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Suspect in New York City subway shoving attack deemed unfit for trial

(NEW YORK) — The man accused of pushing a New York City woman to her death in front of an oncoming subway train in January was deemed unfit to stand trial at a court hearing Tuesday in accordance with findings from a psychiatric evaluation.

Simon Martial, 61, will now be sent to a psychiatric facility under the custody of the city’s Department of Mental Health and Hygiene, according to Manhattan District Attorney Alvin Briggs’ office.

The DA’s office did not contest the determination, but told ABC News that the office will continue to review the case and pursue Martial’s conviction.

Michelle Alyssa Go had been standing on the southbound N/Q/W/R platform at Times Square station on Jan. 15, looking at her phone, when she was suddenly shoved, unprovoked, onto the tracks, police say. She was pronounced dead at the scene just weeks after celebrating her 40th birthday.

Martial, who is homeless, fled the station but turned himself in later that day, according to police. He was charged with second degree murder.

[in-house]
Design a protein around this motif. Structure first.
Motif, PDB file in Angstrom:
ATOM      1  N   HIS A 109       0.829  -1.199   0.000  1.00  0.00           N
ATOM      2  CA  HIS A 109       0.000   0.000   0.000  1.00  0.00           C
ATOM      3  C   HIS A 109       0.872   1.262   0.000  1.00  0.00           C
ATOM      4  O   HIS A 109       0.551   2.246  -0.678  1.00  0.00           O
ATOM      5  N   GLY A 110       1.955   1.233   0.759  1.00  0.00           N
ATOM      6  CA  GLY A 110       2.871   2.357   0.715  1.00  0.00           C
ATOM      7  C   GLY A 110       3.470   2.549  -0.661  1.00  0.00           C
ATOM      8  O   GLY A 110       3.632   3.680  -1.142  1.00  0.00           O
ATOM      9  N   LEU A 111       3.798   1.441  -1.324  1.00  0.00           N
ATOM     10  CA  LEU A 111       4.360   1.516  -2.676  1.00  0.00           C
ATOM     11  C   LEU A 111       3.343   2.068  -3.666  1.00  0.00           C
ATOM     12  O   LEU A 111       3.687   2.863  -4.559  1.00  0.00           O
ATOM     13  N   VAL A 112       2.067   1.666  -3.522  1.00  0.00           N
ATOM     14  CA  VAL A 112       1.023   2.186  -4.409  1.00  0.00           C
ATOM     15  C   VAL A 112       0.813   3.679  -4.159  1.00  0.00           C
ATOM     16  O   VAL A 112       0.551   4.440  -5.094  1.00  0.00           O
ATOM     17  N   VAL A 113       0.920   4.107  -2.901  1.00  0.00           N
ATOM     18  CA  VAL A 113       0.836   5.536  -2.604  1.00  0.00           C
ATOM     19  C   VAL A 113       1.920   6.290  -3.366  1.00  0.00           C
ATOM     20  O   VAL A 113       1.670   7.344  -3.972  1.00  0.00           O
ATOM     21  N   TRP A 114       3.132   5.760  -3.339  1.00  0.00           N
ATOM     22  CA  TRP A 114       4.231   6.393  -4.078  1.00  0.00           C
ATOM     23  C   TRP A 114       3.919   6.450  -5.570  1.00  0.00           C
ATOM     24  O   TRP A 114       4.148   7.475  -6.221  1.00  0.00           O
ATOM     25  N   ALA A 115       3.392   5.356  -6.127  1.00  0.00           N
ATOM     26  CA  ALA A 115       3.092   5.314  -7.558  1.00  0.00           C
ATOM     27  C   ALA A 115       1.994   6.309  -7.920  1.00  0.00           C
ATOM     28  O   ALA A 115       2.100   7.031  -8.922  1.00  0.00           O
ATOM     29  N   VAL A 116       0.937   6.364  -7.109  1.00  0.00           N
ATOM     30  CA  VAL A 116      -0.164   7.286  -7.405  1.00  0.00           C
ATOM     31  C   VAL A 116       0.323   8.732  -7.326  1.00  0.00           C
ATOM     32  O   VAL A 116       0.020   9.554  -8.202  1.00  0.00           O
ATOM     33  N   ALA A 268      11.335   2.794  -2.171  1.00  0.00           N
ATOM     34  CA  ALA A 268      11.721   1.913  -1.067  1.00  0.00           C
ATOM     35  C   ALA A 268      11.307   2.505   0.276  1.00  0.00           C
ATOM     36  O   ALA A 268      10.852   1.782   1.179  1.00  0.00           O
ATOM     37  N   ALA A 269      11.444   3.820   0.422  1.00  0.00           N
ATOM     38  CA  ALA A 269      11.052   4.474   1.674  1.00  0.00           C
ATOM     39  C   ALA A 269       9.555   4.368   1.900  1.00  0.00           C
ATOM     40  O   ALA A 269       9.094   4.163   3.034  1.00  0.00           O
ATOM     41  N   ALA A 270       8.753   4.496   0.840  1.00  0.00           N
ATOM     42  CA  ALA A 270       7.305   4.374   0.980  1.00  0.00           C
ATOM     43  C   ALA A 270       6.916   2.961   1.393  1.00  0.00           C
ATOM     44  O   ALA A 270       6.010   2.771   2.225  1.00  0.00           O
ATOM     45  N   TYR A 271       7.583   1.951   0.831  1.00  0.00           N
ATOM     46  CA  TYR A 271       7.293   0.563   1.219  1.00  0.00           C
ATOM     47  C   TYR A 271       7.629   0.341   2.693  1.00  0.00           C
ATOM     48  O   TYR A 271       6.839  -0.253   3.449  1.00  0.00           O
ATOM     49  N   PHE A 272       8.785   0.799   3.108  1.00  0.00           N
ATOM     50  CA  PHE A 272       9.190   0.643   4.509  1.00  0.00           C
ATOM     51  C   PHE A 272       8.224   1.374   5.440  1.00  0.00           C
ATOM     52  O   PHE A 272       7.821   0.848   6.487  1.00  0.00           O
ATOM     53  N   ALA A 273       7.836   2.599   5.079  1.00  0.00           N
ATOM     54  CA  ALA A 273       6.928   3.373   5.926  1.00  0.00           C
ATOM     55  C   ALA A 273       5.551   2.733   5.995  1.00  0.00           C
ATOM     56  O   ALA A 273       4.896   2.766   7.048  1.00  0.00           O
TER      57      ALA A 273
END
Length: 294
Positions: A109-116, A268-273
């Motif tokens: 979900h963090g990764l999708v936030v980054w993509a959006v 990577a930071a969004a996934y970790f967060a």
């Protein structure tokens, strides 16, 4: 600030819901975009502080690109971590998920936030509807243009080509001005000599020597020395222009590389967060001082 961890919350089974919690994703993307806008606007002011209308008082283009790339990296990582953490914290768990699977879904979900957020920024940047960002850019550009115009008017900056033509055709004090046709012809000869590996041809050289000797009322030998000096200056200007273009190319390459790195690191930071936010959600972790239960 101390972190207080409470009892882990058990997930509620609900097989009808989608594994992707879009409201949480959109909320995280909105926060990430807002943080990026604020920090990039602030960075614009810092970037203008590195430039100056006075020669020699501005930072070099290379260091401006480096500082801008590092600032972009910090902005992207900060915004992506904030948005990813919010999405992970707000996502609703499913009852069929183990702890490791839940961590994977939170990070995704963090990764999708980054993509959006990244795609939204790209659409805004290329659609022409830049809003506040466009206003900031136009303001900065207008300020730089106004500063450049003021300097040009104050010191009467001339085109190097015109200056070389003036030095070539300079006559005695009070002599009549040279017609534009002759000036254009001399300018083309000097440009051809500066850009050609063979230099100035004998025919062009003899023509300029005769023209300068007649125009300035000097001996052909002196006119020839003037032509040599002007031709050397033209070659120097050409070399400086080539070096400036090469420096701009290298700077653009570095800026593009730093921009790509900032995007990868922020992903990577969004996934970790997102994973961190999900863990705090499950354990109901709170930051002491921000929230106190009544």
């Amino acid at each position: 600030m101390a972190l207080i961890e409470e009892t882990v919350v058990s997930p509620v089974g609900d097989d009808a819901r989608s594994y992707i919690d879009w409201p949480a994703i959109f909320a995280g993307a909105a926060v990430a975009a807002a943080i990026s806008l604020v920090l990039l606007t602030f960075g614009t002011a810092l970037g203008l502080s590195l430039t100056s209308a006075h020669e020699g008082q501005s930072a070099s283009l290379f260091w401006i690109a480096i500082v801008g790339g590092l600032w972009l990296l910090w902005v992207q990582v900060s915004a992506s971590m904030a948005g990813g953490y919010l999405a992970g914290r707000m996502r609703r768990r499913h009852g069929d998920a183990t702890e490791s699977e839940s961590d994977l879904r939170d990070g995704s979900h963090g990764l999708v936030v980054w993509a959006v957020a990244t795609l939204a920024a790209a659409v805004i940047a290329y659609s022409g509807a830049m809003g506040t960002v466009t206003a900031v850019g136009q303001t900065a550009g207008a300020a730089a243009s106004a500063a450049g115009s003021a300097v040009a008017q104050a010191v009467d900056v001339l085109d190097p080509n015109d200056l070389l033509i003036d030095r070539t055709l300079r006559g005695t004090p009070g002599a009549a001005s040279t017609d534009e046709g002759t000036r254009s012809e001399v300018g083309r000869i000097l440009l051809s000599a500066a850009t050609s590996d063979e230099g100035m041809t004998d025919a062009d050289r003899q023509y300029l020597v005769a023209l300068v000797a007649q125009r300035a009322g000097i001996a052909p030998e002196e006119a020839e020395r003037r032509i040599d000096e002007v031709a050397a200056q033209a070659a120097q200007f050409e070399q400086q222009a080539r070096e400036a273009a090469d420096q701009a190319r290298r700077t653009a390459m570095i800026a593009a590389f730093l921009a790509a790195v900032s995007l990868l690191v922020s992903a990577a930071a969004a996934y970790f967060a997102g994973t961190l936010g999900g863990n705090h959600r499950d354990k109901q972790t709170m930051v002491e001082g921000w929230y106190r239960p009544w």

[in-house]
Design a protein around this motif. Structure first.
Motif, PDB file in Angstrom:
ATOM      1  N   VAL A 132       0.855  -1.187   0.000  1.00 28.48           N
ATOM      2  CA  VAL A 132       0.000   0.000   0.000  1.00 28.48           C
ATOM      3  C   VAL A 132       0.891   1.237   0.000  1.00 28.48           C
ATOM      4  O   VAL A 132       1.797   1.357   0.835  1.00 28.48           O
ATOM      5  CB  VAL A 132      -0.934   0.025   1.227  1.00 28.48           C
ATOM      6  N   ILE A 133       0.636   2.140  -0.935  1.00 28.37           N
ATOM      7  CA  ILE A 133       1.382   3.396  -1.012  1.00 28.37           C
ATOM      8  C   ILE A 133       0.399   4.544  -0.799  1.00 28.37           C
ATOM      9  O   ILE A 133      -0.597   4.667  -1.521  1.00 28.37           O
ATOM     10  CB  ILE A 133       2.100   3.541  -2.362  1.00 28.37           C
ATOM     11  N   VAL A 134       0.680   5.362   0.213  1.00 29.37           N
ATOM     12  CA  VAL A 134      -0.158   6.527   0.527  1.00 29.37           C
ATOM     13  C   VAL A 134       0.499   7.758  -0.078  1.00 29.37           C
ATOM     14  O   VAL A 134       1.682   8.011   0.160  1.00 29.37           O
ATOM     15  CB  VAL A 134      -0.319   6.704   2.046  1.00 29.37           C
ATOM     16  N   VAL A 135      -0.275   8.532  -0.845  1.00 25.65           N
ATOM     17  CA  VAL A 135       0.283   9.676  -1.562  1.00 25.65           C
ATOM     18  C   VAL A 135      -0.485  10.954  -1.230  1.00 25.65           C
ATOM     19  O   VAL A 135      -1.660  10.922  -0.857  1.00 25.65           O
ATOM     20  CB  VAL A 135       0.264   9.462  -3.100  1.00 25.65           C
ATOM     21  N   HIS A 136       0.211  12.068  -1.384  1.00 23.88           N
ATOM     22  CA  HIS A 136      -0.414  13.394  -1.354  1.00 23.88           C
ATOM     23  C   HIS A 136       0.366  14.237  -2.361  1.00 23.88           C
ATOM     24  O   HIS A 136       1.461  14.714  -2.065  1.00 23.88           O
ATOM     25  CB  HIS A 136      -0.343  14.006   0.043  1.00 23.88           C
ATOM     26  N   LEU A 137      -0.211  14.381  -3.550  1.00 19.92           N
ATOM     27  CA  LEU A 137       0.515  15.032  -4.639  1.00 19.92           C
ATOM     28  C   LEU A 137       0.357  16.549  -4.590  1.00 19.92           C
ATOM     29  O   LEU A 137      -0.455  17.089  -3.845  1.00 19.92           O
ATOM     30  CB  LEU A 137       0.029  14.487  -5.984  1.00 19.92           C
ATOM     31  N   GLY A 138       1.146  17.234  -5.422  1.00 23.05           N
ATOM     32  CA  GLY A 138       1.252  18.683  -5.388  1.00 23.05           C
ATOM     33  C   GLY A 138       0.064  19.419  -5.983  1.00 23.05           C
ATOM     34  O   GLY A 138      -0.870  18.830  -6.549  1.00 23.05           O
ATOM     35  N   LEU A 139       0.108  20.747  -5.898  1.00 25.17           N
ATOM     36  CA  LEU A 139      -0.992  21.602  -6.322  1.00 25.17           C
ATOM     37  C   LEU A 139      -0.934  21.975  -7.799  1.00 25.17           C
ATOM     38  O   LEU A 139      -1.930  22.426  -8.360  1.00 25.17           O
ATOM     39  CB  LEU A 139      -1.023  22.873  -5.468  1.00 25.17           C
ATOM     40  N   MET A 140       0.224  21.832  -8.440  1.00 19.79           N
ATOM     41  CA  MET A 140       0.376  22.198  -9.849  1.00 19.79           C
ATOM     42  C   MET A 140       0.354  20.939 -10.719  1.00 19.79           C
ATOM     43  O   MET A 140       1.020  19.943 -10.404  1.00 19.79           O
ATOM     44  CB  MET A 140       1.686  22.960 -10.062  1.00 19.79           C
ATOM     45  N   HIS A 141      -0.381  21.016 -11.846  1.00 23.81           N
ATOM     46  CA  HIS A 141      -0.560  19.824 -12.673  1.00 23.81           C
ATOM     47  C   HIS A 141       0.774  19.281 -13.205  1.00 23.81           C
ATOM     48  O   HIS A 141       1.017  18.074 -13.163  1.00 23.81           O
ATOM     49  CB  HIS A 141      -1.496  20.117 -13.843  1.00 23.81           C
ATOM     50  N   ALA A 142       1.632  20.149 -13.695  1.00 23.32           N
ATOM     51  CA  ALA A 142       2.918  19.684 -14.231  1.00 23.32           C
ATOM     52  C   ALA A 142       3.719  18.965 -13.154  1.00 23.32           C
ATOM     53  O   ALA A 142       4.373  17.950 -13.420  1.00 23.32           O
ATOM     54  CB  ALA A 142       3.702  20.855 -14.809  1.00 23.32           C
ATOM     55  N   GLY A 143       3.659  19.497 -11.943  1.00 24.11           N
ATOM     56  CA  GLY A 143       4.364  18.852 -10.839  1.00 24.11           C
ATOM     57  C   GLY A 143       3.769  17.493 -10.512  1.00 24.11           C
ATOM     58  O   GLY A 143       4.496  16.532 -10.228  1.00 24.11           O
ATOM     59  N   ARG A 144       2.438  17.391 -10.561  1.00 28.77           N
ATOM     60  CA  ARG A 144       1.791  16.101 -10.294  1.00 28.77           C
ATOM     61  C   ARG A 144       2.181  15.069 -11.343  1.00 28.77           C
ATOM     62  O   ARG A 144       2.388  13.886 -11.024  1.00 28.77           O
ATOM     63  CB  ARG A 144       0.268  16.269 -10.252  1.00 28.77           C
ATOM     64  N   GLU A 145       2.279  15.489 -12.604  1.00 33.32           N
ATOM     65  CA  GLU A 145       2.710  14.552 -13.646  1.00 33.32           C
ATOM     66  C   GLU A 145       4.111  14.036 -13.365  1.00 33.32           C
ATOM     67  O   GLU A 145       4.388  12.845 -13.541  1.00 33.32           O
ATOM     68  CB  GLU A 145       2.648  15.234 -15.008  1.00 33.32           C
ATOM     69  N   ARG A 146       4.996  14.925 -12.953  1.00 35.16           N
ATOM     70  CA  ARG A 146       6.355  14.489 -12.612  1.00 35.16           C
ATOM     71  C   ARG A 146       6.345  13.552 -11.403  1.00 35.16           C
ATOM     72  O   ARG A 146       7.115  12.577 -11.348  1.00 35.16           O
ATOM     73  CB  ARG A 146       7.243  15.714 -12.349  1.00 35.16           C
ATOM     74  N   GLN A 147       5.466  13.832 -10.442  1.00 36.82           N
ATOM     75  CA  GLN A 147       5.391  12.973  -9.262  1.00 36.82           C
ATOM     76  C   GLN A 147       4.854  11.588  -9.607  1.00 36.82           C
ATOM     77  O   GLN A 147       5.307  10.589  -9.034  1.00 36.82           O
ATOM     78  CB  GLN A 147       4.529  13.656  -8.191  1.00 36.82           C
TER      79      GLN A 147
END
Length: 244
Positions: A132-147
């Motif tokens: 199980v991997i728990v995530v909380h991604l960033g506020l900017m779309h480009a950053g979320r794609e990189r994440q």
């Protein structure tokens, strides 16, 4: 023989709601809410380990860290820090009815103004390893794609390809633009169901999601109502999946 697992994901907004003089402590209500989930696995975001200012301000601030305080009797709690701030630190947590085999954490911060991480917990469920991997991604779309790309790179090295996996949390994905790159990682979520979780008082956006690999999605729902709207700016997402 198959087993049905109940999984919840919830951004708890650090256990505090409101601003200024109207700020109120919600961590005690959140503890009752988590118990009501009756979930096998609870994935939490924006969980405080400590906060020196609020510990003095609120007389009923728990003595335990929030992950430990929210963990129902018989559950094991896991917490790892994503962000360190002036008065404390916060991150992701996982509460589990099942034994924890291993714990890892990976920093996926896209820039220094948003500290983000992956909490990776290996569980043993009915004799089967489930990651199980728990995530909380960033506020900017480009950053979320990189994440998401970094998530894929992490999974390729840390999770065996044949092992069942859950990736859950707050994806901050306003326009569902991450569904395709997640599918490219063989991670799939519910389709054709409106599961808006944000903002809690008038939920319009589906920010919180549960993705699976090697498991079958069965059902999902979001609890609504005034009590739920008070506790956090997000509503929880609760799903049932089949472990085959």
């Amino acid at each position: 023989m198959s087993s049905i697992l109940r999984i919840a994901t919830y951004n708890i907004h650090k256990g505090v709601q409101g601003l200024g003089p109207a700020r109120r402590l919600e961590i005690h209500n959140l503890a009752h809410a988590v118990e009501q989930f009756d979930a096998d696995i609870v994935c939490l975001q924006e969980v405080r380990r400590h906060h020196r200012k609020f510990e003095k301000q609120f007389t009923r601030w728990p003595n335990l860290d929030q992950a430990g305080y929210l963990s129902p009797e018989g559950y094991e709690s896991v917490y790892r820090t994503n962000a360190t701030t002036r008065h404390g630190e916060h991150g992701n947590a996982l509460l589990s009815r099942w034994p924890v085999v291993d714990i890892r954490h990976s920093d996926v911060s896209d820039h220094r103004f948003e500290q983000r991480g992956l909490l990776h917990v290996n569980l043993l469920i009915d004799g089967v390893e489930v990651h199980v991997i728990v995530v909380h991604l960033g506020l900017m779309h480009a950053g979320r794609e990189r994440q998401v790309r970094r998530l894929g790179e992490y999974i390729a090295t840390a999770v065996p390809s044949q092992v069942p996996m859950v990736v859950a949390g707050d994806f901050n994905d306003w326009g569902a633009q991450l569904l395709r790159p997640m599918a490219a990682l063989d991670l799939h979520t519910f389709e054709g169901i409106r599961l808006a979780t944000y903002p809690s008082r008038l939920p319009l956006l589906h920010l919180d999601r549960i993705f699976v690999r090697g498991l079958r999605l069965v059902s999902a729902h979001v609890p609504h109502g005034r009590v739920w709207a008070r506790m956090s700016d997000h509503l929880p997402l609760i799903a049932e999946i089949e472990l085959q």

New York County Defender Services, which is representing Martial, declined to comment Wednesday when reached by ABC News.

Though police have not classified the tragic attack as a hate crime, Go’s death heightened anxiety around a rise in anti-Asian sentiments and violence, weighing heavily on many as they came together for vigils in Times Square and San Francisco’s Chinatown in honor and remembrance of the Fremont, California, native and several other Asian crime victims back in January.

Go was a consultant for Deloitte and a longtime volunteer and advocate for the homeless, according to ABC affiliate WABC-TV.

Her family released a statement describing her as a “beautiful, brilliant, kind, and intelligent woman who loved her family and friends, loved to travel the world and help others.”

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